I have never been a big fan of Taylor Swift, despite my often mocked love for country music. I find Swift to be childish and idealistic, even whiney at times, but when I read a recent article that called her the anti-feminist, I was ready to convert to team Swifty to defend her.

The article, published on Thought Catalog, said that by purveying the stereotype of the virginal maiden who must kiss a few frogs before she finds her prince, Swift is going against all progress and ideals of feminism.

I could not disagree more. The goal of feminism is not to define what the female experience should be for each individual, it is to empower women to be exactly who they want to be and pursue their own dreams and desires.

The whole movement is pointless if women are held back in any way, be it shaving their heads and burning their bras or spending their lives pregnant and barefoot. Feminism is not about hating men, shedding your femininity or rejecting societal norms.  In fact, the word feminism itself was poorly chosen- feminism is equality and independence for all genders.

For a woman to seek out a relationship with a man, she is not forced to give up any essence of her individuality or self-worth. In fact, being in a healthy loving relationship can have very positive effects in the development and discovery of self. It is only when relationships are abusive or unhealthy that they have a detrimental affect.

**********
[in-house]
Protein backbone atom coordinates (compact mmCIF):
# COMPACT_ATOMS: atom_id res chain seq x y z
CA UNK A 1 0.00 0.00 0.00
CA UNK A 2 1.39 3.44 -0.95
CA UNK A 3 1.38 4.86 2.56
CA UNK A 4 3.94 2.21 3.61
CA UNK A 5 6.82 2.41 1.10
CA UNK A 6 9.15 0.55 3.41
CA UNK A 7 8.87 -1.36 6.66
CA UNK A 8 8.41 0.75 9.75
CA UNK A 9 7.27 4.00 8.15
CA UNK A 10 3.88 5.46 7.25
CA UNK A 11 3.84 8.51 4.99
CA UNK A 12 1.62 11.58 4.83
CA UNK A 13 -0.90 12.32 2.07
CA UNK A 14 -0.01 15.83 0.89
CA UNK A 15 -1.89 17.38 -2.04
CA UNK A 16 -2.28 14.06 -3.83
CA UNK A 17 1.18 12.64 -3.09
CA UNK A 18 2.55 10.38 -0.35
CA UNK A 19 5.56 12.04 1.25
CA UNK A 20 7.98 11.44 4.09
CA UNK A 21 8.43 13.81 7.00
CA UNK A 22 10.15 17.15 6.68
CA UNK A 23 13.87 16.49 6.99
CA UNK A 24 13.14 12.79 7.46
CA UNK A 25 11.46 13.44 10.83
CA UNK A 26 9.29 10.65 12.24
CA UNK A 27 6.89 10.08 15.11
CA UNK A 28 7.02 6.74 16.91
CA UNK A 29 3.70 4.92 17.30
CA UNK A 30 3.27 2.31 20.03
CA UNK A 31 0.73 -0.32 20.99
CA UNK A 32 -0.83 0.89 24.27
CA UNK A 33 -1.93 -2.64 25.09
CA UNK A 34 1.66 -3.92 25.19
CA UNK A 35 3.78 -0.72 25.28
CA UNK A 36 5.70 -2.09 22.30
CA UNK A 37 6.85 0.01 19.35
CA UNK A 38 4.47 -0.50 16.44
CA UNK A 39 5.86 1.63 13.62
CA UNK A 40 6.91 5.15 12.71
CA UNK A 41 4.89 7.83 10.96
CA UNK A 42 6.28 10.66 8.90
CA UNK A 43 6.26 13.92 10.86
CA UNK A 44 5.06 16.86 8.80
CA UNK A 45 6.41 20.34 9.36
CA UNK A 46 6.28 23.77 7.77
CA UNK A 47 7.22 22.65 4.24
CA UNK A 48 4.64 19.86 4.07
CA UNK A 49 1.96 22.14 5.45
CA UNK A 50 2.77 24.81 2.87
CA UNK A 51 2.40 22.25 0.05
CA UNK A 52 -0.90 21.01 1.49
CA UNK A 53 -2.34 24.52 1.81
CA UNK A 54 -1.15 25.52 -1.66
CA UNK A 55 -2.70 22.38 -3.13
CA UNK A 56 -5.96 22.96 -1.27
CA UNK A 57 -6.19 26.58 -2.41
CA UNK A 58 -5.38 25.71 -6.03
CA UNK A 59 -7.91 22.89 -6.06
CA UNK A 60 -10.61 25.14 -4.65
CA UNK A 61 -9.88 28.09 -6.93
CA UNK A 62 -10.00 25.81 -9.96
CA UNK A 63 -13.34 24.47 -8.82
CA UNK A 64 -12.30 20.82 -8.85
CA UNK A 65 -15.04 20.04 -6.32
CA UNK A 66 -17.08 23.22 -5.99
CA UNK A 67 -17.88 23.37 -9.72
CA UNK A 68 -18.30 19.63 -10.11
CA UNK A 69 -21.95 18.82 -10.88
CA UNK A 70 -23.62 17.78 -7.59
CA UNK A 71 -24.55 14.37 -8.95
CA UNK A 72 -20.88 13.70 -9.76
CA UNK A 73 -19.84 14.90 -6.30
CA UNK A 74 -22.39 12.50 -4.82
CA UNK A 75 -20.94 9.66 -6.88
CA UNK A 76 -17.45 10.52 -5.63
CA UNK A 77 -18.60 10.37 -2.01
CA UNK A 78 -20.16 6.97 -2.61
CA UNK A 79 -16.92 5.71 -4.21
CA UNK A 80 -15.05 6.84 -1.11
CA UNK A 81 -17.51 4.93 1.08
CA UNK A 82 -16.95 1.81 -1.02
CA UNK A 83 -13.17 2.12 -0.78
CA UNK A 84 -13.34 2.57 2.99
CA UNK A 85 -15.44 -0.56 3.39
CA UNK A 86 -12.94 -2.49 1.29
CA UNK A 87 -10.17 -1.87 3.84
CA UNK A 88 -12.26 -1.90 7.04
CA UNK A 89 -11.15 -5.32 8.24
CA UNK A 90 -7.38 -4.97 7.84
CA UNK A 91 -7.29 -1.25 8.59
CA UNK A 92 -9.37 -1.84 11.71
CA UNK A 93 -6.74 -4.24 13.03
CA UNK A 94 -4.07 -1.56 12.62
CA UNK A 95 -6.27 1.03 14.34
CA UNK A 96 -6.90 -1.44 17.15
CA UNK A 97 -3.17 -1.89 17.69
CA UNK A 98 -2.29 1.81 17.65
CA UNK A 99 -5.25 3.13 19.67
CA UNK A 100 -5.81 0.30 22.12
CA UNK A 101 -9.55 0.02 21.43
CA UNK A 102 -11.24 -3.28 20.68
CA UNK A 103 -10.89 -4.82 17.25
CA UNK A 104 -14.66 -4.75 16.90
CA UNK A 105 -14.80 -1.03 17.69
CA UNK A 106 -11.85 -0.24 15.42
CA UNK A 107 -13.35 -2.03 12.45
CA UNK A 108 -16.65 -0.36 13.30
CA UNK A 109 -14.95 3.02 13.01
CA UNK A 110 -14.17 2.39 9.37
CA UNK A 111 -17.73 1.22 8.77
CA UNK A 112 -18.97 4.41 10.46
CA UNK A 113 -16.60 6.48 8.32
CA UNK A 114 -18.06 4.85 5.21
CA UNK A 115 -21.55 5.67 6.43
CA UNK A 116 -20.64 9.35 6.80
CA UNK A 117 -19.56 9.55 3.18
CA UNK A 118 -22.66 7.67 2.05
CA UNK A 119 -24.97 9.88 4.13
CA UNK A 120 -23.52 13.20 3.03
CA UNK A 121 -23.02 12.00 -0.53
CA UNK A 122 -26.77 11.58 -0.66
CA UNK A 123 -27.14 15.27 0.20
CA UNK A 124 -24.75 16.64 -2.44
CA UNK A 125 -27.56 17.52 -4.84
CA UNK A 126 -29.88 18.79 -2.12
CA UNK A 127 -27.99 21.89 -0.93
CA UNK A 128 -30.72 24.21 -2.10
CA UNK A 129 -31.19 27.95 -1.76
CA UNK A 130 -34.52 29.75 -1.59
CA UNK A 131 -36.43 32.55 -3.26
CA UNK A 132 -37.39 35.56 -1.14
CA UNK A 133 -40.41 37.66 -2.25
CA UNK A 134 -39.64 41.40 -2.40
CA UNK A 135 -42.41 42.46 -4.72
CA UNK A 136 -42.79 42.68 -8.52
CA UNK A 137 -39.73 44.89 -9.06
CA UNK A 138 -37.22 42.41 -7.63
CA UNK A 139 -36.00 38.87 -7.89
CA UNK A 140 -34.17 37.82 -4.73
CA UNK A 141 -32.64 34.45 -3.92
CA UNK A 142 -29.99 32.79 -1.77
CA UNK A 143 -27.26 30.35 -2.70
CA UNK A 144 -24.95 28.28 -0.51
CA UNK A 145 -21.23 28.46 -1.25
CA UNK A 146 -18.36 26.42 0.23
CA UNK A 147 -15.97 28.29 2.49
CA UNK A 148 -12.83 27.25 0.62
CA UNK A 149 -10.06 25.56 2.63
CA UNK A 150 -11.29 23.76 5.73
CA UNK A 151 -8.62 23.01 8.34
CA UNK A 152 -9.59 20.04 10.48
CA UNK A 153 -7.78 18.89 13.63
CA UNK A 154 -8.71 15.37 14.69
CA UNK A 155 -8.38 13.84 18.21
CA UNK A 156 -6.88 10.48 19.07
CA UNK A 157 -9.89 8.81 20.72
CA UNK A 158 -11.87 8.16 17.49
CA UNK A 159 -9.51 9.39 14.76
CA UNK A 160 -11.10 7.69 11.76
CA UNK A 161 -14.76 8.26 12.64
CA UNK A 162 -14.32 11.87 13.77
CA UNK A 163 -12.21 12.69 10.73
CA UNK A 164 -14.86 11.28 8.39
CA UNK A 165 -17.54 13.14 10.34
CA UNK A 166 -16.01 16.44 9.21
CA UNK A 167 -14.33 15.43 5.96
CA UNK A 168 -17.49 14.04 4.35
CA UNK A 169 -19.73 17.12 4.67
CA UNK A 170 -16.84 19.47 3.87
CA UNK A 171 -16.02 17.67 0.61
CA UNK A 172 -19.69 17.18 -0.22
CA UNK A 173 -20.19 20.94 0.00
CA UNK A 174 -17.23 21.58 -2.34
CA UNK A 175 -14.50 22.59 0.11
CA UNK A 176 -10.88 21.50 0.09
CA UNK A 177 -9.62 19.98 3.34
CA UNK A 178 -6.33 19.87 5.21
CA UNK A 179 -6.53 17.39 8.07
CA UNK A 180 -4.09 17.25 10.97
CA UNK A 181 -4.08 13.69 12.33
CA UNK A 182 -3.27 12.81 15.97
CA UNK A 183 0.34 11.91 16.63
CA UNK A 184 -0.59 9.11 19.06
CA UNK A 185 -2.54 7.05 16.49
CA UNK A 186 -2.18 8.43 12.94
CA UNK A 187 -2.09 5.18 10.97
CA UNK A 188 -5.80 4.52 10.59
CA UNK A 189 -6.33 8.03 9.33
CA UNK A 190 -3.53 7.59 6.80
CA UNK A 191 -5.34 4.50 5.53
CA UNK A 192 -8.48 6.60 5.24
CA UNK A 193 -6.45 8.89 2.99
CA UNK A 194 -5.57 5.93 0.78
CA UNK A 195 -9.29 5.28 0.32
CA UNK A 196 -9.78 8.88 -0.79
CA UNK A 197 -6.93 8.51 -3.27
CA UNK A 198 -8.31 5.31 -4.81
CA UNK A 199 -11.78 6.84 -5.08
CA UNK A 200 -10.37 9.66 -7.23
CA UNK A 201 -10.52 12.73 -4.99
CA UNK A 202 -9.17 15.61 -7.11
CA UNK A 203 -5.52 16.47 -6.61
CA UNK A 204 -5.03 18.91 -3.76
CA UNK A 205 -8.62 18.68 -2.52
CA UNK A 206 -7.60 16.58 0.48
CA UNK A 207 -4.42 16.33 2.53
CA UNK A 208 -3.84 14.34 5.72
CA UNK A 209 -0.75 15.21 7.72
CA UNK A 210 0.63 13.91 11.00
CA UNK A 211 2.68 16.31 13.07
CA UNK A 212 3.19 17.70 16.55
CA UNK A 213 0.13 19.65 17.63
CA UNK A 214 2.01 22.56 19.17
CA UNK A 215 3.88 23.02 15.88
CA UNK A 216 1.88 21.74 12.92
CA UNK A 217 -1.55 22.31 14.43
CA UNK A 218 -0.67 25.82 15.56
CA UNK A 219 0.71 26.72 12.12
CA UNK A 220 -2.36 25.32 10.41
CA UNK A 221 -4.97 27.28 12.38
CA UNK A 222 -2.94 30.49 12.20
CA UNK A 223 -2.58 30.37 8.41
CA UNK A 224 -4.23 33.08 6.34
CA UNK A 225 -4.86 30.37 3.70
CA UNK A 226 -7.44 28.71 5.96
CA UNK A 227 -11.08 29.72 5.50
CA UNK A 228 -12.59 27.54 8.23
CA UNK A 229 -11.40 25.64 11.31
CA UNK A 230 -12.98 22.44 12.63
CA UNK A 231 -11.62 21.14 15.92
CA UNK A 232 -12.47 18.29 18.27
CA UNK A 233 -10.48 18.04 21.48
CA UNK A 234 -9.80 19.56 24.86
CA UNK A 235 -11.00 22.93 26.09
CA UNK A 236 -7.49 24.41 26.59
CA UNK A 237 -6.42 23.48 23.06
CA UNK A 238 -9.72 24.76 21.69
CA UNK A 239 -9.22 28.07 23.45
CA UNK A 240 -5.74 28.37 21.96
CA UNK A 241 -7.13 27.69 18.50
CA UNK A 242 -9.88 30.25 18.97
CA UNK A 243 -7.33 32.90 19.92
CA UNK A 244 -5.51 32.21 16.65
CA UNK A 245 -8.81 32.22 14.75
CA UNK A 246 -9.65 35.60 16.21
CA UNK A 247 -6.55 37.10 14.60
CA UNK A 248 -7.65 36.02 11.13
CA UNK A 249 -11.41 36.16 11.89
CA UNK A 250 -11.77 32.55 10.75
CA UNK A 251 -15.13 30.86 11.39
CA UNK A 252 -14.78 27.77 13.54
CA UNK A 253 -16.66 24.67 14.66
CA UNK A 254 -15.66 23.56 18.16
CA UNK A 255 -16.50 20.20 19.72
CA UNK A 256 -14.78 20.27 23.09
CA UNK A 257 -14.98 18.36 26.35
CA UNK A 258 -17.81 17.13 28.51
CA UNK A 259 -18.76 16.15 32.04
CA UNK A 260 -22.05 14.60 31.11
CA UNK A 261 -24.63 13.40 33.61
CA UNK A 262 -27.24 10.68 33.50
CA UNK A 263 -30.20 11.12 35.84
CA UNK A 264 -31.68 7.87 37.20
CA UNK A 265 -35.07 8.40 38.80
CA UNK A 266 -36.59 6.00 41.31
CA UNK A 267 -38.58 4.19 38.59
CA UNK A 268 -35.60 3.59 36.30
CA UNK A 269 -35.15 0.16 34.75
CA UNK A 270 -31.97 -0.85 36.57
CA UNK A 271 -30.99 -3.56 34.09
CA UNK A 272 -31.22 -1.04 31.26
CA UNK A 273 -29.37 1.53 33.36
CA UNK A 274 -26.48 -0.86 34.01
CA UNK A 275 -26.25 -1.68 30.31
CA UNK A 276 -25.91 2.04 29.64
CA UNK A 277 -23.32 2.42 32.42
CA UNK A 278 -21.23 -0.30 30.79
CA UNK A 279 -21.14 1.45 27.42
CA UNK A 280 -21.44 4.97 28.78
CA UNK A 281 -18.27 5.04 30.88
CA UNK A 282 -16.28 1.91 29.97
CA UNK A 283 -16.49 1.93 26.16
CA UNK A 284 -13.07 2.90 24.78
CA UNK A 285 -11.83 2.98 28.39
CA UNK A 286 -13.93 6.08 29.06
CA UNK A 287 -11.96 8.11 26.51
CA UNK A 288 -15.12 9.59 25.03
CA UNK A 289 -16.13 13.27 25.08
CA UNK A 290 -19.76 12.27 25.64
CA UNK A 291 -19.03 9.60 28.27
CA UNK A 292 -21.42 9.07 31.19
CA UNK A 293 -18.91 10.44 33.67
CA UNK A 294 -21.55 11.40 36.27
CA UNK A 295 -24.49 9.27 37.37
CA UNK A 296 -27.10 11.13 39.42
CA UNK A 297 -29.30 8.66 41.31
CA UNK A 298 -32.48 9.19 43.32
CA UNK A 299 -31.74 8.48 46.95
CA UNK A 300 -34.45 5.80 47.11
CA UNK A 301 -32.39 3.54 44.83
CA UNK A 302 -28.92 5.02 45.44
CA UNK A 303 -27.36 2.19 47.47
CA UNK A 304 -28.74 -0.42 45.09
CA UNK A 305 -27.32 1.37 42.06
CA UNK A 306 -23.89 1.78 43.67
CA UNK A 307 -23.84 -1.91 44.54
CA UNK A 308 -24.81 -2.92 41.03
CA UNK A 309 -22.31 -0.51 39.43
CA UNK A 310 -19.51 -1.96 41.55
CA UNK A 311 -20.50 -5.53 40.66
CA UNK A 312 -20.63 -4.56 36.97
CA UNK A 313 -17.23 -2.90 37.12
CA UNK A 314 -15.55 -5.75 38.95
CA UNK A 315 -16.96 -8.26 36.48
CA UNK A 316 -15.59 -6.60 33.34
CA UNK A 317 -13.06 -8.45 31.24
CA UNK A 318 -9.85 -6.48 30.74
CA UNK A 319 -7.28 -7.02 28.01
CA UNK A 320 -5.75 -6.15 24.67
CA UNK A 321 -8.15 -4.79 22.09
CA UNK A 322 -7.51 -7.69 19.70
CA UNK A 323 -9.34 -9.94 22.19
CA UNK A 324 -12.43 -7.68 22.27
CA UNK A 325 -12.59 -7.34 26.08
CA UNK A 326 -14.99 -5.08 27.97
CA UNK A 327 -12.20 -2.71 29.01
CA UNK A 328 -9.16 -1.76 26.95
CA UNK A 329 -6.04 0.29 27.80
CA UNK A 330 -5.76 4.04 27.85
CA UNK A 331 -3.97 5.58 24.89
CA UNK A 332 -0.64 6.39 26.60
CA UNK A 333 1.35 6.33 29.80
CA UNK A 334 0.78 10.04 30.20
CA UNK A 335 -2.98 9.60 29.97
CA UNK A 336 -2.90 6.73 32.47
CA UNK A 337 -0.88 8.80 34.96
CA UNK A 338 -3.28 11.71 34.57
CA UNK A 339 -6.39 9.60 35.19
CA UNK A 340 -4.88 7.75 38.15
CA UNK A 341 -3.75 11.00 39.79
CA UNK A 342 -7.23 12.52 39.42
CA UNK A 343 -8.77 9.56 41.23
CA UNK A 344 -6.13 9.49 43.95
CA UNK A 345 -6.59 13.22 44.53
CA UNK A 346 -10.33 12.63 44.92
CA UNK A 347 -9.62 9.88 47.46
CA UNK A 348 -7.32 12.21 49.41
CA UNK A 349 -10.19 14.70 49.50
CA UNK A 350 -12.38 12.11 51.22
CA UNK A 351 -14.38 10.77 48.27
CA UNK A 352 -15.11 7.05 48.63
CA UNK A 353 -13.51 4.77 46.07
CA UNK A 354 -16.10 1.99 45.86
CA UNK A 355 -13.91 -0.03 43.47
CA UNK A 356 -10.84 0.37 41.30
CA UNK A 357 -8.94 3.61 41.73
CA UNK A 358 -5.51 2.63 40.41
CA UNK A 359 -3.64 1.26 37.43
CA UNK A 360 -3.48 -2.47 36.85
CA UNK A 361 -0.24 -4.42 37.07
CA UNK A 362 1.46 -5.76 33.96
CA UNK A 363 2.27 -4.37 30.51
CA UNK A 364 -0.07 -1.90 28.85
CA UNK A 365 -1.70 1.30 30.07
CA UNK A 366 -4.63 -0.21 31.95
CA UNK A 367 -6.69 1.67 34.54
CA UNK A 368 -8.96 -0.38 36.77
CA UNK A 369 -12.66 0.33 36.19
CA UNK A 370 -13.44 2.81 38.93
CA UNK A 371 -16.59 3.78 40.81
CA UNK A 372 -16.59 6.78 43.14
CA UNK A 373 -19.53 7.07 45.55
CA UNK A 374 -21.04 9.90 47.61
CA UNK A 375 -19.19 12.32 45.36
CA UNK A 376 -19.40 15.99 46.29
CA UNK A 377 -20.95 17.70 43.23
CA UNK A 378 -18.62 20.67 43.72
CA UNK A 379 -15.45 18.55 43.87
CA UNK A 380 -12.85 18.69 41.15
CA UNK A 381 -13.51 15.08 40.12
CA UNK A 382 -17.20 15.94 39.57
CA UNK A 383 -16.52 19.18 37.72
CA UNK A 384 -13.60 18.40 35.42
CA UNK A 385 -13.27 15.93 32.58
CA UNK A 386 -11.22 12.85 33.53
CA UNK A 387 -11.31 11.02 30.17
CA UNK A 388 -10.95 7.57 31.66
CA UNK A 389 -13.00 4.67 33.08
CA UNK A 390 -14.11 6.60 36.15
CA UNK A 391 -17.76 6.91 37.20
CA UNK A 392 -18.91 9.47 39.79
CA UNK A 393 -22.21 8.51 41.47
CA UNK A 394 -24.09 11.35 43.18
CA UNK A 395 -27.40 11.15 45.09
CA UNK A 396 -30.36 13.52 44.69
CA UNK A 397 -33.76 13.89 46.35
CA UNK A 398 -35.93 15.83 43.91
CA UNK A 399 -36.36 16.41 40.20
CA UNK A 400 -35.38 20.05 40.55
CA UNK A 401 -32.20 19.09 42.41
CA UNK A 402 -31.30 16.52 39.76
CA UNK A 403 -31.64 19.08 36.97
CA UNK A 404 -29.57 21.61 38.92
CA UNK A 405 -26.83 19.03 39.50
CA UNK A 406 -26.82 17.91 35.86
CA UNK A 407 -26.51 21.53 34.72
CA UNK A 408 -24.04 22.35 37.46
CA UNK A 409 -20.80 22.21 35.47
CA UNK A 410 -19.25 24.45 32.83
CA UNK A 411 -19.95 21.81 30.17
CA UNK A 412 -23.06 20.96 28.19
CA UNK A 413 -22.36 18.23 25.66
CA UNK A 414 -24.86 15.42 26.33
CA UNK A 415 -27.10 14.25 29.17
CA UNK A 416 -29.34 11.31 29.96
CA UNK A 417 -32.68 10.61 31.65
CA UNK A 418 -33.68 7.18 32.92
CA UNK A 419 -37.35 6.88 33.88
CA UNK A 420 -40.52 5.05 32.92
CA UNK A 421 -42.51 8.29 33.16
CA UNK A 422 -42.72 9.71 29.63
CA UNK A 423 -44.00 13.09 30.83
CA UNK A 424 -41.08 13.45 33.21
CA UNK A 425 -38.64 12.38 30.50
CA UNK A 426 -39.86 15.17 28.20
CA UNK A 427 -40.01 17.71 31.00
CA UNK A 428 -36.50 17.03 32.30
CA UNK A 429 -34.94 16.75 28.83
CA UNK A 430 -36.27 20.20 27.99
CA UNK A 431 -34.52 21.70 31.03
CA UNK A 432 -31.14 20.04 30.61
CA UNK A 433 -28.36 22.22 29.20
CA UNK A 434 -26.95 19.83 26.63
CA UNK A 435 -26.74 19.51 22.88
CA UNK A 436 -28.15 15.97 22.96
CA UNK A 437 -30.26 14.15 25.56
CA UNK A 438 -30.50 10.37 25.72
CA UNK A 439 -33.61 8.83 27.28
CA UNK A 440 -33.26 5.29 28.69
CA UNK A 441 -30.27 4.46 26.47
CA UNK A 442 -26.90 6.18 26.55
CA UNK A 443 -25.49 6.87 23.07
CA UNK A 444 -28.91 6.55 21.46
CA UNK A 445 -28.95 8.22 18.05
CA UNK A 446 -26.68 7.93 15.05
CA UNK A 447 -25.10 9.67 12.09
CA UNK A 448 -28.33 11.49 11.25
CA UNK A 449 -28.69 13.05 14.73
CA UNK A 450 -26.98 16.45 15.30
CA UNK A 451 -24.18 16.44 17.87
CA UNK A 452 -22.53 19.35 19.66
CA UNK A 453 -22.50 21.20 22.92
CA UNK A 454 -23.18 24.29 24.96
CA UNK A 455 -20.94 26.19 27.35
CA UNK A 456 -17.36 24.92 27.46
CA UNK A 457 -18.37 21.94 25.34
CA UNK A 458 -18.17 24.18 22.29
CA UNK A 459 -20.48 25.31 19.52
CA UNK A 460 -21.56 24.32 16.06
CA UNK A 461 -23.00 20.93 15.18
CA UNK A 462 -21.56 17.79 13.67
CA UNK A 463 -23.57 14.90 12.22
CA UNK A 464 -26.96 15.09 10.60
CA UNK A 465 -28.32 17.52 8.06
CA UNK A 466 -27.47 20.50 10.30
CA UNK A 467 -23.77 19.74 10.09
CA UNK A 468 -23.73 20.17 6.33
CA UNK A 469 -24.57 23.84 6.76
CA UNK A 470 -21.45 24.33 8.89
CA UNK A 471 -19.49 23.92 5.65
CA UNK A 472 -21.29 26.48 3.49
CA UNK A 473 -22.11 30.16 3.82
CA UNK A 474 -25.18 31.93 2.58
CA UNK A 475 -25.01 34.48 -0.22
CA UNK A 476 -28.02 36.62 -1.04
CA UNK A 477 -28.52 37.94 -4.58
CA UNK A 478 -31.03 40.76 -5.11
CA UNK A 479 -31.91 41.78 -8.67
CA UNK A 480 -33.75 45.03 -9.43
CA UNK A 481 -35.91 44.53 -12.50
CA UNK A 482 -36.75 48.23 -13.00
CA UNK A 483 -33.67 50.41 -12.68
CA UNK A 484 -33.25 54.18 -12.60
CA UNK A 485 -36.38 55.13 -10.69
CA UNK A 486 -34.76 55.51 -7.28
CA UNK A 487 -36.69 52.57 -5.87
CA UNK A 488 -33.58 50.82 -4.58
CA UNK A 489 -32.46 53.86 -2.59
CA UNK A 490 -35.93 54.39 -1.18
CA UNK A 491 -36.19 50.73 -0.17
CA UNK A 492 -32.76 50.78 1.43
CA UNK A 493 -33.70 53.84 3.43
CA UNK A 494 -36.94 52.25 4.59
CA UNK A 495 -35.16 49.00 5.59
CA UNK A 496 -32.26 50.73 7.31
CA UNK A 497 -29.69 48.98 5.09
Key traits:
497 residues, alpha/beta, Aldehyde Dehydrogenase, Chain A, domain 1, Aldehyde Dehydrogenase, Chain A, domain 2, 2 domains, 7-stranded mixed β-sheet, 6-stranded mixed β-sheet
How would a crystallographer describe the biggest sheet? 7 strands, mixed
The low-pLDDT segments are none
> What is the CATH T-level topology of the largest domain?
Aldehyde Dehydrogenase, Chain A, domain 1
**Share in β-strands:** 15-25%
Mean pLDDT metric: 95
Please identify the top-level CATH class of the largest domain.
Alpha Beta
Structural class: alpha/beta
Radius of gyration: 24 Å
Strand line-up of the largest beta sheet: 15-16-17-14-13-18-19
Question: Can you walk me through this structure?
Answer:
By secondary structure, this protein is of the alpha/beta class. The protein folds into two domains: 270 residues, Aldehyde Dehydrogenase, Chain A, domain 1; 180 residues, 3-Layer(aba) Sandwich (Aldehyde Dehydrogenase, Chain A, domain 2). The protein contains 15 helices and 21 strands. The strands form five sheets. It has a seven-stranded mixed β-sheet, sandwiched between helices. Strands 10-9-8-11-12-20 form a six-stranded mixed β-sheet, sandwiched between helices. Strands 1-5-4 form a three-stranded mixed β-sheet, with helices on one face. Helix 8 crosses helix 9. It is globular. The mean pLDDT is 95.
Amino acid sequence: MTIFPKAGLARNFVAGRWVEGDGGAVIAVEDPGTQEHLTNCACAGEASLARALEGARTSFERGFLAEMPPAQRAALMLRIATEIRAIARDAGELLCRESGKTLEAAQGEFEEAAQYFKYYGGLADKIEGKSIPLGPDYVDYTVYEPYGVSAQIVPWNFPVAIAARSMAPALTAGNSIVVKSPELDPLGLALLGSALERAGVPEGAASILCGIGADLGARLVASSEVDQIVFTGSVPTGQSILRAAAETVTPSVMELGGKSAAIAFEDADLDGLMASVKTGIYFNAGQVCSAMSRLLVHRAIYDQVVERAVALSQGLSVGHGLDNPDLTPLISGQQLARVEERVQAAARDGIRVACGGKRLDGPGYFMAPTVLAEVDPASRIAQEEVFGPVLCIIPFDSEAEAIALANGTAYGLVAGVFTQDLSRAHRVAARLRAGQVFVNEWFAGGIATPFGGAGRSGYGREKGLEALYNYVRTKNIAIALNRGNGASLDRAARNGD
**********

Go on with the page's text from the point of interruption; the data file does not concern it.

Women should not be shamed for seeking out companionship, no matter who it is with. There is nothing wrong with being independent and single, but it is also possible to maintain and thrive in a co-independent relationship.

I hope that Hala Numan on page 18, and anyone else seeking out their ideal significant other can learn to do so without compromising themselves.  To be a strong woman is not to emulate idealized male qualities. It is to recognize your personal strengths and characteristics and use them to your best benefit.

In a heterosexual relationship, giving your body to childbirth and your last name to your husband is not a sign of submission or inferiority, it is a commitment to a relationship to both husband and children that is an experience unique to women.

It is no secret to my friends and family that I daydream about engagement rings, baby onesies and a car full of kids. This desire has not stopped me from pursuing a degree or seeking out a career, but it has served as my goal and purpose for working so hard at all I do.

There is no such thing as Mr. Right. For that matter, Mrs. Right does not exist either. Strong healthy relationships are born out of a mutual attraction, love and a desire to work hard through the tough times.

It is not right for anyone, no matter which gender, to give themselves up in the search for a significant other.

Romeo, save me, I’ve been feeling so subjugated by misplaced feminism.